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Ida is among strongest hurricanes to ever hit the US. But it could have been worse.

The worst hurricanes always etch their names into the memories of survivors, grim reminders used to measure future storms.

Camille. Katrina. Andrew.

Betsy is the first name burned into Linda Green's memory. The New Orleans native was only 8 when she remembers being held in someone's arms as her family fled the September 1965 hurricane.  

More than a dozen hurricanes have made landfall in Southeastern Louisiana since then, but none as fearsome as the wild thing that roared around her home for hours on end on Sunday, said Green, who lives in New Orleans' Central City. "It was scary because it really sounded like a train was rolling, like a locomotive train." 

"Ida came into this town and took over. She was like a wild person," said Green, a chef known as the "Ya-ka-mein Lady" for her version of a famous New Orleans soup. "Ida putting some respect on that name."

Indeed, Ida quickly earned a place in hurricane history, its rapid intensification over the warm waters of the Gulf of Mexico placing it high on the list of strongest hurricanes to strike the U.S. mainland.

Drone flies over flooded New Jersey neighborhood
This drone flew over a neighborhood in Lincoln Park, New Jersey and captured the damage from flooding caused by storm remnants of Hurricane Ida.
USA TODAY, New Jersey Herald

How does Ida compare to other storms on the list? 

Among the 51 hurricanes known to have made landfall along Louisiana's 397-mile coast since the 1850s, Ida is one of three tied for the strongest winds in a land-falling hurricane.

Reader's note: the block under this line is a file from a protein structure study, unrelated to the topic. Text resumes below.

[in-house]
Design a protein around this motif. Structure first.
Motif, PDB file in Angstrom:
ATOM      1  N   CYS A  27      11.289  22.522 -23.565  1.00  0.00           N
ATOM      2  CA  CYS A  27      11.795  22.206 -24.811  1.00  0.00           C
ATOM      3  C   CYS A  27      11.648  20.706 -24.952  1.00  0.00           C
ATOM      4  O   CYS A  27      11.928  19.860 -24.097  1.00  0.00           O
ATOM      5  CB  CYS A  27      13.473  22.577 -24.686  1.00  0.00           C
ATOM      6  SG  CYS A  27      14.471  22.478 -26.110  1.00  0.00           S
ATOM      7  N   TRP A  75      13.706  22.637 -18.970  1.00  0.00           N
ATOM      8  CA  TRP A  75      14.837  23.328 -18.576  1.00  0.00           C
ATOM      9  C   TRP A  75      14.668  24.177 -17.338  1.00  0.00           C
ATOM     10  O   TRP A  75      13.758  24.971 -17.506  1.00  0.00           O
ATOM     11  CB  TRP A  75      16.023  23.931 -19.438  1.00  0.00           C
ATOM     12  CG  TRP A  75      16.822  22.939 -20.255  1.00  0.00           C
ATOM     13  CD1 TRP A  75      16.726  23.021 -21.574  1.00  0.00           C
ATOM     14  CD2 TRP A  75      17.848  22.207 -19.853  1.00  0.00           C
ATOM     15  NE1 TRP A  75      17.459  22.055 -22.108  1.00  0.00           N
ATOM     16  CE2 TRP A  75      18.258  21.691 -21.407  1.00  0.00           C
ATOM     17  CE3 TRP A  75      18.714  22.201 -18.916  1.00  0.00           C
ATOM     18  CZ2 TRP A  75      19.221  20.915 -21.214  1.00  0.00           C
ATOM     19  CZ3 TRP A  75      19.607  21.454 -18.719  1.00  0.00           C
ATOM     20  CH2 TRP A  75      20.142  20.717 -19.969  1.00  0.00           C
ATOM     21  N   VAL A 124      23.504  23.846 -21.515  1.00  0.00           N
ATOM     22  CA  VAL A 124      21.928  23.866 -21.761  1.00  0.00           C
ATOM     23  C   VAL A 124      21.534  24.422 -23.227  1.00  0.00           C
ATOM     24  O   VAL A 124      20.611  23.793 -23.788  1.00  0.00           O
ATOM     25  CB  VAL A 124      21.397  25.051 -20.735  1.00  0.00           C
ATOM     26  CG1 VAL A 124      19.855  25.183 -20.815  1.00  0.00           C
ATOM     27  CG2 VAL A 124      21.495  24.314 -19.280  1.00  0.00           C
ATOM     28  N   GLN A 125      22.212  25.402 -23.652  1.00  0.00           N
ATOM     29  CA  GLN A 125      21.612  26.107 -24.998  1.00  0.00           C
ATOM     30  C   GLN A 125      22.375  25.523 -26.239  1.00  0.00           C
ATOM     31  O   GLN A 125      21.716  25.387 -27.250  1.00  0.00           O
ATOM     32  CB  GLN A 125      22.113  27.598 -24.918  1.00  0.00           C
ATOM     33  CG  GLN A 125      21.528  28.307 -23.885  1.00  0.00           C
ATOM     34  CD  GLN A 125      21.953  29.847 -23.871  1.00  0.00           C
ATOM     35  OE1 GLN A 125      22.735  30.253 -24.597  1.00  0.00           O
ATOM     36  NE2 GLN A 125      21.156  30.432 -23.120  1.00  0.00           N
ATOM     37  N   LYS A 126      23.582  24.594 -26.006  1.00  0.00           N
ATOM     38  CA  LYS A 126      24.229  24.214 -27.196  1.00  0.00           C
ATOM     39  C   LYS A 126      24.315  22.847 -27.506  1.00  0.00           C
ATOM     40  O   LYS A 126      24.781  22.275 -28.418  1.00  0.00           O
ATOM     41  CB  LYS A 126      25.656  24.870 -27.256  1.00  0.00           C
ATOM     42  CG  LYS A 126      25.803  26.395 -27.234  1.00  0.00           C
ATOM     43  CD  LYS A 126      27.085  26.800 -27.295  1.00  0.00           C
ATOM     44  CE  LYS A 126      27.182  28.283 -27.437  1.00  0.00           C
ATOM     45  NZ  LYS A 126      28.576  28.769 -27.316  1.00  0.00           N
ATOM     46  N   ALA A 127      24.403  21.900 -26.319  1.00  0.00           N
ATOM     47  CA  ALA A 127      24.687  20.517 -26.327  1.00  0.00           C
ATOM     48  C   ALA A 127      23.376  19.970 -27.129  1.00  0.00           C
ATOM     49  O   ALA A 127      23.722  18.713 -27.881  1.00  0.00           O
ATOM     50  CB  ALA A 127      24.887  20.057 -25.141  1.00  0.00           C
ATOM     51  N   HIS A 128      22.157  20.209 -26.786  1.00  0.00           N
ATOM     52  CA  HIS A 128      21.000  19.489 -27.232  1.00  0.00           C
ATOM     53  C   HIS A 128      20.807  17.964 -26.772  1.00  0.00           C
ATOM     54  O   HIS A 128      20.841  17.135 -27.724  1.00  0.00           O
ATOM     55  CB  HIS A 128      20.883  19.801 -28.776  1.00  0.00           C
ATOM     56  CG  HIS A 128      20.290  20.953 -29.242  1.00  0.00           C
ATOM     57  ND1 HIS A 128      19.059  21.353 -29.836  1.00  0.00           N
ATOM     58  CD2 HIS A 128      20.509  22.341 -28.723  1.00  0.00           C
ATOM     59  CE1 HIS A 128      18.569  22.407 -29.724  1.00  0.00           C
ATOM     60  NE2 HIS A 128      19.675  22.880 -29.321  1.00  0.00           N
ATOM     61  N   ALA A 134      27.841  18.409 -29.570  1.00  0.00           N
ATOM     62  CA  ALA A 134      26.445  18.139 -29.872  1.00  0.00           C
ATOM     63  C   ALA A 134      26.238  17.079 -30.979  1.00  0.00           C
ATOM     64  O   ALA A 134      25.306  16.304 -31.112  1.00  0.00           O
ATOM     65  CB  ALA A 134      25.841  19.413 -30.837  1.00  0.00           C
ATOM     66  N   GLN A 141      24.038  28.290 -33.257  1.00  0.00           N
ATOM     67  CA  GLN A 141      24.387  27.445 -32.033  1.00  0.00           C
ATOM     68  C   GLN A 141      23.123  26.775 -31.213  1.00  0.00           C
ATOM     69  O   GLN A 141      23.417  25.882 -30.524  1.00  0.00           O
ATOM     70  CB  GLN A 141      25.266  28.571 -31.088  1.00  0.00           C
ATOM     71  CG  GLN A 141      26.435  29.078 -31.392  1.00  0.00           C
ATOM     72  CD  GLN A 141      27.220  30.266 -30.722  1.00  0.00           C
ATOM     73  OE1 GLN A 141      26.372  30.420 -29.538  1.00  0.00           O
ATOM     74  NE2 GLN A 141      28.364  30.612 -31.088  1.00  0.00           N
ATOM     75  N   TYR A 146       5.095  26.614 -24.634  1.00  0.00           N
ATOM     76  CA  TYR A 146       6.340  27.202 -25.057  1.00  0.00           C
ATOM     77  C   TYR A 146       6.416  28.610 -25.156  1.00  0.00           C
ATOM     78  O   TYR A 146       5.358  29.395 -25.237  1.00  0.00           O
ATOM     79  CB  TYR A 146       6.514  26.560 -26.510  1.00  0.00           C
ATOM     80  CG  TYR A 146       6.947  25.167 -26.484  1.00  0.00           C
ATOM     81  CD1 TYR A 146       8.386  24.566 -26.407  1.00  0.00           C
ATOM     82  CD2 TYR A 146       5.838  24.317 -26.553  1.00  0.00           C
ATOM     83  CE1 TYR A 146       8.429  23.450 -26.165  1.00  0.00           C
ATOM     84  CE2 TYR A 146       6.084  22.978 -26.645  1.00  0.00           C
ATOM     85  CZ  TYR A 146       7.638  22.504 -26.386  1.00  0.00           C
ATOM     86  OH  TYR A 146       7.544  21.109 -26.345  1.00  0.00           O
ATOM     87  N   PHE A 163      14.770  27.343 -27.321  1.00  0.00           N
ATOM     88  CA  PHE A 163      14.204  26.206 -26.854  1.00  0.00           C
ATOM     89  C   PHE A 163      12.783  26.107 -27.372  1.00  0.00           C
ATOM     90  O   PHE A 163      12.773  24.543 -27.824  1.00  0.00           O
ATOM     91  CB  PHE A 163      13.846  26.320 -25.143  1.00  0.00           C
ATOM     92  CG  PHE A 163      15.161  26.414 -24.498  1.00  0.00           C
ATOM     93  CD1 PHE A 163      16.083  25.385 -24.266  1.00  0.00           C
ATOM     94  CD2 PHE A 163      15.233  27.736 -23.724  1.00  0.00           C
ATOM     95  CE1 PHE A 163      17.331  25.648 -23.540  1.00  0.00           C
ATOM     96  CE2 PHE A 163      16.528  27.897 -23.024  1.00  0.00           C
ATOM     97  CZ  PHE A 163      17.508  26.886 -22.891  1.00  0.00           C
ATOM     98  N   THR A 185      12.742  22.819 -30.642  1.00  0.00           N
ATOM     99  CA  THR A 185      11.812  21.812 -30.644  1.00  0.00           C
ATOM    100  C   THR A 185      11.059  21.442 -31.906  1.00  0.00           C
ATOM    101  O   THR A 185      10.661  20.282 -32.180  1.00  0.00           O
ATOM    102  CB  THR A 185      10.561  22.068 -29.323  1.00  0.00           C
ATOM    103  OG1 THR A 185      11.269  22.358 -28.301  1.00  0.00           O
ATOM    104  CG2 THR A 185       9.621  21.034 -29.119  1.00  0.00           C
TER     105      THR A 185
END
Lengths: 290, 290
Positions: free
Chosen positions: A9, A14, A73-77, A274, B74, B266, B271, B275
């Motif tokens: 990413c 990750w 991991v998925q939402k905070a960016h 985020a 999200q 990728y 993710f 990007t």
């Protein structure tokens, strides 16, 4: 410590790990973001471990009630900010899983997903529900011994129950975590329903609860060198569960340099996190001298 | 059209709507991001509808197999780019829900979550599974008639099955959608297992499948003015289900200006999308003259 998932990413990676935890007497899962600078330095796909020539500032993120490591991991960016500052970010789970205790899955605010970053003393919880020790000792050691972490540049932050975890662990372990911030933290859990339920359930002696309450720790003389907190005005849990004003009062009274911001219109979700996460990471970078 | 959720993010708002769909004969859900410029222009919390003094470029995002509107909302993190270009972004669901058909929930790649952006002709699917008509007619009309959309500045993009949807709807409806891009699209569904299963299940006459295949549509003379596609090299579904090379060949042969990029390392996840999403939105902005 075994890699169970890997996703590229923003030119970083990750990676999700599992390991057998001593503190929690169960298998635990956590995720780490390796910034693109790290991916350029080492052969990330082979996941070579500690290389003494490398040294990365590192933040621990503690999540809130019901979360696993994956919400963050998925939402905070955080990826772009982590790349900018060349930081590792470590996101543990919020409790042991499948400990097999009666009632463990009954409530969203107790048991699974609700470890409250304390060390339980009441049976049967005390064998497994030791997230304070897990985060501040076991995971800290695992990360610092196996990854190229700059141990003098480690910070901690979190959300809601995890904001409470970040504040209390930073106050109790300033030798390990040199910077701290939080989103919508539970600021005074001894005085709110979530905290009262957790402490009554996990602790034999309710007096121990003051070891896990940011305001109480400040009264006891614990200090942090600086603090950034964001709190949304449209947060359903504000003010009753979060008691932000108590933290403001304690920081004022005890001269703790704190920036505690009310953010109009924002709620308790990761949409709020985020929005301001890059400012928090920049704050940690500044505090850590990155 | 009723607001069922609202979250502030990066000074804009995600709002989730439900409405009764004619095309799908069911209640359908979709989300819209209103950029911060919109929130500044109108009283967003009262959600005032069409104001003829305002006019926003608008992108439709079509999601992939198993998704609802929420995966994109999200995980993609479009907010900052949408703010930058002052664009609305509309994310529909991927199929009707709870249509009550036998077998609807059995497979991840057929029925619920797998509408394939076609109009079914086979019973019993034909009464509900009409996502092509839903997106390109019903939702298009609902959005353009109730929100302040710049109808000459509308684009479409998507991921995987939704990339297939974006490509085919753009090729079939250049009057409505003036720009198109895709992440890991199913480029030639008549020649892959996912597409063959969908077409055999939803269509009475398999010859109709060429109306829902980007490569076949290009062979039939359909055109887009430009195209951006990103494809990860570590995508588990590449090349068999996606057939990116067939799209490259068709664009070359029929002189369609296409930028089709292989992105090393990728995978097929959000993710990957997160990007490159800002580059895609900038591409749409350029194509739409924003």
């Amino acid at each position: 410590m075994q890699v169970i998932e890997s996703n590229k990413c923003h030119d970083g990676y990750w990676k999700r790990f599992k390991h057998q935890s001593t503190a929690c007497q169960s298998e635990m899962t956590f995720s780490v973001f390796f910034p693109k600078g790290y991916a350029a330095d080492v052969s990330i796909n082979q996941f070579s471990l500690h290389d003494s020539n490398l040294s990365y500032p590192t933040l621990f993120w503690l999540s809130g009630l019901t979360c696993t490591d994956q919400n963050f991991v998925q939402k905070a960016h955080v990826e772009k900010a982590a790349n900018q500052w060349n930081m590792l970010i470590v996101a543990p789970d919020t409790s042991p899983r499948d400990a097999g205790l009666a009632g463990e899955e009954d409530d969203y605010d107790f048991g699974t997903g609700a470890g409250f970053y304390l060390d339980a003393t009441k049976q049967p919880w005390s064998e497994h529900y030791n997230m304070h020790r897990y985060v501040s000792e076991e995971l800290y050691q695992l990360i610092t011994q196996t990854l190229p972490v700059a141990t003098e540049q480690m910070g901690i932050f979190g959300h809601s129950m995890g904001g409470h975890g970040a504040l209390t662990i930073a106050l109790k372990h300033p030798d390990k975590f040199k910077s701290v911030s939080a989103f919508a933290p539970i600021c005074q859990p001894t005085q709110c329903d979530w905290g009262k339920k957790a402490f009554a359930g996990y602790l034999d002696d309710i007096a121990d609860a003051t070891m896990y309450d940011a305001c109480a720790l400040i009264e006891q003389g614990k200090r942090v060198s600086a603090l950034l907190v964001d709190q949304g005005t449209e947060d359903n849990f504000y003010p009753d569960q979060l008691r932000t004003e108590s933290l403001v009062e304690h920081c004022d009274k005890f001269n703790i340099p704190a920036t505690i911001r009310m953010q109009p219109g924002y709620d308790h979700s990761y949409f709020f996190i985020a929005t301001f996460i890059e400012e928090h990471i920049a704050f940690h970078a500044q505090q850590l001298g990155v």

The other two storms are the "Last Island" storm in 1856 and Laura in 2020, said Phil Klotzbach, a research scientist at Colorado State University.

At landfall southwest of New Orleans at Port Fourchon, Ida's sustained winds were clocked at 150 mph and its gusts at 172 mph by ships in the port. It dumped up to 20 inches of rain in areas around the west shore of Lake Pontchartrain and sent a powerful storm surge ashore across much of the Gulf coast and up the Mississippi River.

It will be weeks before the full impacts of its wind, storm surge and rain are known. By Friday, more than a dozen deaths had been blamed on the storm in Gulf states. Researchers are still pulling together rainfall reports and gathering data from storm sensors strung out along the coast. 

Historic hurricanes

Ida's minimum sea level pressure also earned it a spot in historic hurricane records. It's second only to Katrina for pressure in a landfalling hurricane in Louisiana. Katrina holds the record at 920 millibars.  At 930 millibars, Ida was four millibars lower than the 19th century storm and eight millibars lower than Laura. 

The sustained winds of 150 mph at landfall place Ida on the top 10 list for the strongest sustained winds at landfall anywhere on the U.S. mainland. Klotzbach said it's among seven storms tied for fifth place.

Its winds were 35 mph lower than the hurricane at the top of the list, the Labor Day storm in Florida in 1935 with its 185 mph sustained winds. Then there's Camille, which hit Mississippi in 1969 with 175 mph winds. Two other Florida storms are third and fourth on the list: Andrew in 1992 with 165-mph winds and Michael in 2018 with 160-mph winds.

Camille slammed into the Gulf Coast in Waveland, just east of the Louisiana state line, with an incredible combination of 175-mph winds and a 24.6-foot storm tide.

Jimmy Rafferty, mayor of Pass Christian, Mississippi, will never forget it.

“My family lost a home,” Rafferty said. He was relieved that his Gulf-front hometown escaped the worst of Ida's winds, even though the community was still feeling the effects of winds and rain more than 24 hours later.

From his perspective, every hurricane is different. 

When Hurricane Katrina began its terrifying trip toward the coast 36 years after Camille, the father of Rafferty’s best friend figured no storm could ever do as much damage as Camille. He was wrong.

His friend’s parents were killed when Katrina sent a record 28-29 feet of water into homes blocks away from the Gulf of Mexico, devastating communities. Katrina, he said, “wiped Pass Christian almost off the map."

Katrina vs. Ida